Milk protein fractionation by custom-made prototypes of spiral-wound microfiltration membranes operated at extreme crossflow velocities
Compared to tubular membranes, spiral-wound membranes (SWM) cannot be operated at very high crossflow velocities due to mechanical instabilities of the module. We therefore applied a novel approach using custom- made microfiltration SWM modules to study the effects of crossflow velocities beyond the level currently applicable for commercial SWM. First, we used a modified industrial SWM (0.96 m) to measure flux and protein permeation spatially resolved within the limits of crossflow conditions applied in routine operation (maximum Δ DpL of 1.3 bar). Secondly, we applied a short SWM (0.24 m) to assess the effect of extreme crossflow velocities with a corresponding Δ DpL of up to 2.8 bar m-1. The goal was to investigate the effects of deposit formation reduced to the minimum, and thus, to measure the theoretically achievable improvement of flux and protein permeation even though this is currently not practicable. As key result, we found a critical crossflow velocity up to which a significant increase of protein mass flow could be achieved; beyond which, however, no further reduction in filtration resistance caused by deposit formation was observed. The filtration became independent of the transmembrane pressure. Based on these findings, more rigid modules could potentially improve the performance of SWM.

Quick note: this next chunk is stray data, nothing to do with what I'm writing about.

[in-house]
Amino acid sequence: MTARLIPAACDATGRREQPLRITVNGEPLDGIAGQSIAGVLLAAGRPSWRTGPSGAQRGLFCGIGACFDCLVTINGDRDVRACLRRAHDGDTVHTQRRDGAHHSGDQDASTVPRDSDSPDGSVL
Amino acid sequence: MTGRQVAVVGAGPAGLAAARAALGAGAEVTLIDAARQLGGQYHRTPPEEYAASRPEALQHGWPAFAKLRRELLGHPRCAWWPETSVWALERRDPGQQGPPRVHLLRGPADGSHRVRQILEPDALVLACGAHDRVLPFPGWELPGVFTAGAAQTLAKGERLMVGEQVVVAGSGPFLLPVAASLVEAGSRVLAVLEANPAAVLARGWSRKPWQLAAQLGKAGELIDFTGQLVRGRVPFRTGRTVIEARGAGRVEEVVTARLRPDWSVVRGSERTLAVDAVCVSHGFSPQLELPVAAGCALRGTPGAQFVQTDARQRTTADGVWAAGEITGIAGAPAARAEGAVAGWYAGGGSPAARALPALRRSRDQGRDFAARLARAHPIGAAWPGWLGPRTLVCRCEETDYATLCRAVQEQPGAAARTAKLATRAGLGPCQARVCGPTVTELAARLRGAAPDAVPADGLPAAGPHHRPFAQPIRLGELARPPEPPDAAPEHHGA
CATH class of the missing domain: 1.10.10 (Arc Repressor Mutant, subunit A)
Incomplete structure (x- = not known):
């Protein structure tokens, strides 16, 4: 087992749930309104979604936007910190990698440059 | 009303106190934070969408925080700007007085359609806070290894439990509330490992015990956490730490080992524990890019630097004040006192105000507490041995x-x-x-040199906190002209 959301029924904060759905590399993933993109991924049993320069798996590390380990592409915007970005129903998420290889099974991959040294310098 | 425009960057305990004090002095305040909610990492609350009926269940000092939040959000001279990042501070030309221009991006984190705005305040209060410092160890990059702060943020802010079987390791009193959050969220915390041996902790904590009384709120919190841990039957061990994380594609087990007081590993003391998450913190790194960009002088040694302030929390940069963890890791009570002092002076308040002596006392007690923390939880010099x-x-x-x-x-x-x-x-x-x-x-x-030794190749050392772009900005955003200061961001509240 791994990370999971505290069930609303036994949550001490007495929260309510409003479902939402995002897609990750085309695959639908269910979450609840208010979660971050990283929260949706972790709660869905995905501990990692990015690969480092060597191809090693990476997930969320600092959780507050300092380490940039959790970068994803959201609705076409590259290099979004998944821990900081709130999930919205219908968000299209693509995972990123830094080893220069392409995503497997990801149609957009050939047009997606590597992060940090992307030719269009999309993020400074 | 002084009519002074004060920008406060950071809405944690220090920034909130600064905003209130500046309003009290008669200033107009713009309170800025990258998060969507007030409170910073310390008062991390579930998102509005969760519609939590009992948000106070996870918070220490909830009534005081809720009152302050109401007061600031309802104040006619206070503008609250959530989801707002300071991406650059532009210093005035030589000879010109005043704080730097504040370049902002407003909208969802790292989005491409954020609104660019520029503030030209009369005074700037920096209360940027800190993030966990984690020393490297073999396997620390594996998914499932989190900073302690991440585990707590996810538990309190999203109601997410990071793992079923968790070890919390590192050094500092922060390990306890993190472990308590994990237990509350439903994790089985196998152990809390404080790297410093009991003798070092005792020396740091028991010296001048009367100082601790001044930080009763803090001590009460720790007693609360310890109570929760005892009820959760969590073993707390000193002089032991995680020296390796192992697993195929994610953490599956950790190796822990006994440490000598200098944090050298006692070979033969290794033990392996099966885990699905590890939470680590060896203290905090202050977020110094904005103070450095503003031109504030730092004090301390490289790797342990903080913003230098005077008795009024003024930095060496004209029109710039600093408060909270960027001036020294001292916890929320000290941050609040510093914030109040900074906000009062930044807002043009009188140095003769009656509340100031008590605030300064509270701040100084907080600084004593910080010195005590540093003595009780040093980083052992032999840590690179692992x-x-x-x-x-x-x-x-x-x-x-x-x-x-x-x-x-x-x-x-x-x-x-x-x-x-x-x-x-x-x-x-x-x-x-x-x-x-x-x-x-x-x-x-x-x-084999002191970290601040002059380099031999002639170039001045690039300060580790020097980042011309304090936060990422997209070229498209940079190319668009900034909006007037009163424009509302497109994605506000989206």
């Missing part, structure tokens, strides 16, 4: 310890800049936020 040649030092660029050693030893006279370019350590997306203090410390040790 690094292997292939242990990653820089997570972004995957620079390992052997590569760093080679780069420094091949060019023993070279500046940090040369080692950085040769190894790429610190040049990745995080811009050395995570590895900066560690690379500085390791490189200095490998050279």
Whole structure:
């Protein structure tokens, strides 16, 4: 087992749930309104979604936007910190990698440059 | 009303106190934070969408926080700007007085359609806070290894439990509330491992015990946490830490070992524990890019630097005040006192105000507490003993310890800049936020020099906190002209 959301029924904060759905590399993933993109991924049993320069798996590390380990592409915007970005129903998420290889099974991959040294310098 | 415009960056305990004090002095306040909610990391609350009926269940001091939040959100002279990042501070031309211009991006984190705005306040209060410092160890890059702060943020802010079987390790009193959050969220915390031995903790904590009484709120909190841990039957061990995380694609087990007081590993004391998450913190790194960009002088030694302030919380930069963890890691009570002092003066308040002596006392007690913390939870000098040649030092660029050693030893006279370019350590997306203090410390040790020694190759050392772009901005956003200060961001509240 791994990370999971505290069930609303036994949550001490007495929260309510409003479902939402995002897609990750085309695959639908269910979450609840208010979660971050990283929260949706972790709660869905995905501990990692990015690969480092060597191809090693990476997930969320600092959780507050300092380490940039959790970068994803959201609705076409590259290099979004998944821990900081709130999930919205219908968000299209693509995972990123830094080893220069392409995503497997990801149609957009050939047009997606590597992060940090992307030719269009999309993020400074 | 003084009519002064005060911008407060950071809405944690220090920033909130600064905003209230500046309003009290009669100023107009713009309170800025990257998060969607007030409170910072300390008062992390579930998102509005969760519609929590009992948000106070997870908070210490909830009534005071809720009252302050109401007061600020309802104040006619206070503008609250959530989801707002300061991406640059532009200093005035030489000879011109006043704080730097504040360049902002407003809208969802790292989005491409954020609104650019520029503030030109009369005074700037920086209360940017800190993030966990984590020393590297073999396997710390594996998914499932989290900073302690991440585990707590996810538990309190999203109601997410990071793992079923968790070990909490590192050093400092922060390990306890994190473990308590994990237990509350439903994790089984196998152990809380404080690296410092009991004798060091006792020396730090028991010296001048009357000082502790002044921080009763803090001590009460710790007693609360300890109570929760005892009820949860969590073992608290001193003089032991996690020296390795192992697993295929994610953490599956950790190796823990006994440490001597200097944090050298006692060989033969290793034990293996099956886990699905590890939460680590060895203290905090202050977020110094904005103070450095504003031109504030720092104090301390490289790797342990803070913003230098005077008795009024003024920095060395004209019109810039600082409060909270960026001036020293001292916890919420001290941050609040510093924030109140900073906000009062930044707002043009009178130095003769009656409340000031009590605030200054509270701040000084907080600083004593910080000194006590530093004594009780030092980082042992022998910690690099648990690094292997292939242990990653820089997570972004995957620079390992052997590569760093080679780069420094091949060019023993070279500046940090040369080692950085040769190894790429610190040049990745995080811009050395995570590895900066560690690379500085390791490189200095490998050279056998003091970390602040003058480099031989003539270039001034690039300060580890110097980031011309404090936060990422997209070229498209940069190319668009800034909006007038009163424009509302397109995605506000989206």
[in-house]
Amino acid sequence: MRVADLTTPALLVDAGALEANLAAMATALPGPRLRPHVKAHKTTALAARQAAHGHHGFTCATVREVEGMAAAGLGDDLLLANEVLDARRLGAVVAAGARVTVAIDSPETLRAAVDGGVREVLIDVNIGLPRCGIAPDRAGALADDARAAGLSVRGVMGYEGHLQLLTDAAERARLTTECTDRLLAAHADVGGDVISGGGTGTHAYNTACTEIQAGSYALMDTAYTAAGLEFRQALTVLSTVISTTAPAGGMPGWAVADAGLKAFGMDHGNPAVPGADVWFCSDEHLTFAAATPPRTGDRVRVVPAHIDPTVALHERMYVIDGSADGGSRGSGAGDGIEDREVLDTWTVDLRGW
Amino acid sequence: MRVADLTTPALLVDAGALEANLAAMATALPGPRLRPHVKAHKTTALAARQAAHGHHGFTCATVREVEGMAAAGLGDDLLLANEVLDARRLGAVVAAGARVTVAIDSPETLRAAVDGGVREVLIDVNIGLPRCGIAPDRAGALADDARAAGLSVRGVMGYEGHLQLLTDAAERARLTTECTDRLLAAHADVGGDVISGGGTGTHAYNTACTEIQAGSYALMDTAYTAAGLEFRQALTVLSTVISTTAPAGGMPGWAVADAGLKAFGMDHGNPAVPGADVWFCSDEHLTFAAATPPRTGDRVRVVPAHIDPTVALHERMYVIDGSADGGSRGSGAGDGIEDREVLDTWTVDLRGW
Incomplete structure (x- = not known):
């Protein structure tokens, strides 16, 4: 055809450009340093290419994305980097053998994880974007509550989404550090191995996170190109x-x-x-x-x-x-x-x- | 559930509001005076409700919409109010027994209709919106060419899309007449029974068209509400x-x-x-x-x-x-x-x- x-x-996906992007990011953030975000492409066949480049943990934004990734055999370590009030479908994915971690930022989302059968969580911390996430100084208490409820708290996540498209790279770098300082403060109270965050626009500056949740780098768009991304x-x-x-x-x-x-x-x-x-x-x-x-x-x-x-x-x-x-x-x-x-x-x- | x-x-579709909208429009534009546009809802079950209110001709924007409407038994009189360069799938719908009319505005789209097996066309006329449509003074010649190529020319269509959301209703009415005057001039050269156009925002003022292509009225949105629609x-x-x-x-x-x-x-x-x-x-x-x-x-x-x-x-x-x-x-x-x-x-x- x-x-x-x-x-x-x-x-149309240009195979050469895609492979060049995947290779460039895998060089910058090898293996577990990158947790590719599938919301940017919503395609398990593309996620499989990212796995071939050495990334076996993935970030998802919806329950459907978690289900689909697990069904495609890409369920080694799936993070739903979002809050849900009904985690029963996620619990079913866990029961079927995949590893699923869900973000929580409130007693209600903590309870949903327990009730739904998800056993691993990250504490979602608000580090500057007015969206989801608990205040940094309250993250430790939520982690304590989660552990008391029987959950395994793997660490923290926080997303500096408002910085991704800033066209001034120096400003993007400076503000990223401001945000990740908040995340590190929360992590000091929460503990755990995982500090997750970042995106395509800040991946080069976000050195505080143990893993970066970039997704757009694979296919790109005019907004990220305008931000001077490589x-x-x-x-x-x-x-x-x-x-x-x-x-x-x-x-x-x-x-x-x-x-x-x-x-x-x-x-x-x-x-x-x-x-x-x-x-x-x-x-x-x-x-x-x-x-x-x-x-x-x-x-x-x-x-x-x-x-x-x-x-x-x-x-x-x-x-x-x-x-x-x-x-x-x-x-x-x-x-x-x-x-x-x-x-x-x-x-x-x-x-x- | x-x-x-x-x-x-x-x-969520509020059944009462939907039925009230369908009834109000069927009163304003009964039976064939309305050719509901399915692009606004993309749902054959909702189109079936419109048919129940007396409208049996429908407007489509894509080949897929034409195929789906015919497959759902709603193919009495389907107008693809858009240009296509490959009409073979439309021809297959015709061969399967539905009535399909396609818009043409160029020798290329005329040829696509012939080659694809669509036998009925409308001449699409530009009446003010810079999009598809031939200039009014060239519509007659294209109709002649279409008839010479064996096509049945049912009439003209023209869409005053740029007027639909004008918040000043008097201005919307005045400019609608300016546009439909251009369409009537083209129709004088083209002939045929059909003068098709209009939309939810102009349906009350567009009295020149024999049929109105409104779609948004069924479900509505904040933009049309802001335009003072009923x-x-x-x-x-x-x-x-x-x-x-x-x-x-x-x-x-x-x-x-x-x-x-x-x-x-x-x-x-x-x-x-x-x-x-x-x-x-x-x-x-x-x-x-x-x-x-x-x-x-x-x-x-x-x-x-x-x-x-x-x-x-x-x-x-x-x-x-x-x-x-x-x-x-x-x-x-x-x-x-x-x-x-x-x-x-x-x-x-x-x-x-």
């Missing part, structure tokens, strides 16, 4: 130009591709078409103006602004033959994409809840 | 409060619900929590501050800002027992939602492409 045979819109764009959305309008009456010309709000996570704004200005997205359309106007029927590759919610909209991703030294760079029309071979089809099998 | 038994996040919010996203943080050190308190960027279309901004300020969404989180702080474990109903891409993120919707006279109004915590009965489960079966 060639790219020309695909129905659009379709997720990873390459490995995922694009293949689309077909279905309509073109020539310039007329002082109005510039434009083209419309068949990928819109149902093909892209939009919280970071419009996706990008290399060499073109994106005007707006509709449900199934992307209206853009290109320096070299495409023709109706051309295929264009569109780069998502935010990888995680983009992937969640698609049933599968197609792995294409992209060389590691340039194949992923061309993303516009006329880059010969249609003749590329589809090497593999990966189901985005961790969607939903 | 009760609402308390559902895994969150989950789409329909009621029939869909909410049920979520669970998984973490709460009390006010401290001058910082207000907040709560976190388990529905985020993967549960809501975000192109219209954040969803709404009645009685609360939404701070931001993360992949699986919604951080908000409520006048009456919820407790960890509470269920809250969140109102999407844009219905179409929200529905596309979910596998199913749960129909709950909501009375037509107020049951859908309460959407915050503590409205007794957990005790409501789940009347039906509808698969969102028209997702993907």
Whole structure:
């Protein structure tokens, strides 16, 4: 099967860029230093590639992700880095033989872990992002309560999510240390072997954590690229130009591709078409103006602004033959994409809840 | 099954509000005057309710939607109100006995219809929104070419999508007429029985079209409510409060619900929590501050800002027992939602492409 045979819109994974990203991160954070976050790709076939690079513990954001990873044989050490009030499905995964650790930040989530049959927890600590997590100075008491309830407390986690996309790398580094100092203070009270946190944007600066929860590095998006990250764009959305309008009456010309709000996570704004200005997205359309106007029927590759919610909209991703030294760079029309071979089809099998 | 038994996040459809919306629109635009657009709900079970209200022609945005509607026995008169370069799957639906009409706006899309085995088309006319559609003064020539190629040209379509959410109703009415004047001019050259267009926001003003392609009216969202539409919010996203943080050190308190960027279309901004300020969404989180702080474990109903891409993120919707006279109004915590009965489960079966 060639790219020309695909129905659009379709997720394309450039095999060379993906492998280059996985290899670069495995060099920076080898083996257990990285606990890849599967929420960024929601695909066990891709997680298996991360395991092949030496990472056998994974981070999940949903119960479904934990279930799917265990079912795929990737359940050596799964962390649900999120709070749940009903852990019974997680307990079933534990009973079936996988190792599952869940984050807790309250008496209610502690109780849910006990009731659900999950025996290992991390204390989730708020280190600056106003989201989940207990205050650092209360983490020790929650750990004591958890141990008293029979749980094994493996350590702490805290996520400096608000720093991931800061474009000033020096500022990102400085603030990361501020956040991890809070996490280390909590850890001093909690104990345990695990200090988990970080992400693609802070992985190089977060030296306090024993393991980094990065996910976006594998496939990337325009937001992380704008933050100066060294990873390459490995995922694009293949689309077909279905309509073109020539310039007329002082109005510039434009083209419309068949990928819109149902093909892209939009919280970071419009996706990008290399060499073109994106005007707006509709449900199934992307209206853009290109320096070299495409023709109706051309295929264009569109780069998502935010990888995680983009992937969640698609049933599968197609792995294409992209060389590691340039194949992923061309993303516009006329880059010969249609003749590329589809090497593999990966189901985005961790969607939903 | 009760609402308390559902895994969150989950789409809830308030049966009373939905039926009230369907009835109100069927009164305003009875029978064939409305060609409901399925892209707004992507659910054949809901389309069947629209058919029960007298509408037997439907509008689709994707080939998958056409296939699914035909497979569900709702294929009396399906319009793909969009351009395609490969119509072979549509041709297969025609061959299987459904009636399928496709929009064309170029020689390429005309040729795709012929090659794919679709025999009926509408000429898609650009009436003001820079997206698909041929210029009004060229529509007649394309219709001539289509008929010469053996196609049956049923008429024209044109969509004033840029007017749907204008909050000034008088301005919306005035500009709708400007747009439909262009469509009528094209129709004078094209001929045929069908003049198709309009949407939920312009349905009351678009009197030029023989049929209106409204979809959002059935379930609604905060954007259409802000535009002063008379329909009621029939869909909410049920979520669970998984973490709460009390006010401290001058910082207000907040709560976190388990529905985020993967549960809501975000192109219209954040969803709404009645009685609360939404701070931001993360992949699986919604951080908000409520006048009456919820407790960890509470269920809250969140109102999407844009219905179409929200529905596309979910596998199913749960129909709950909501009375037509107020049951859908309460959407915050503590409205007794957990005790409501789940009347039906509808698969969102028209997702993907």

Crossflow velocity; deposit layer; microfiltration; milk protein fractionation; spiral-wound membrane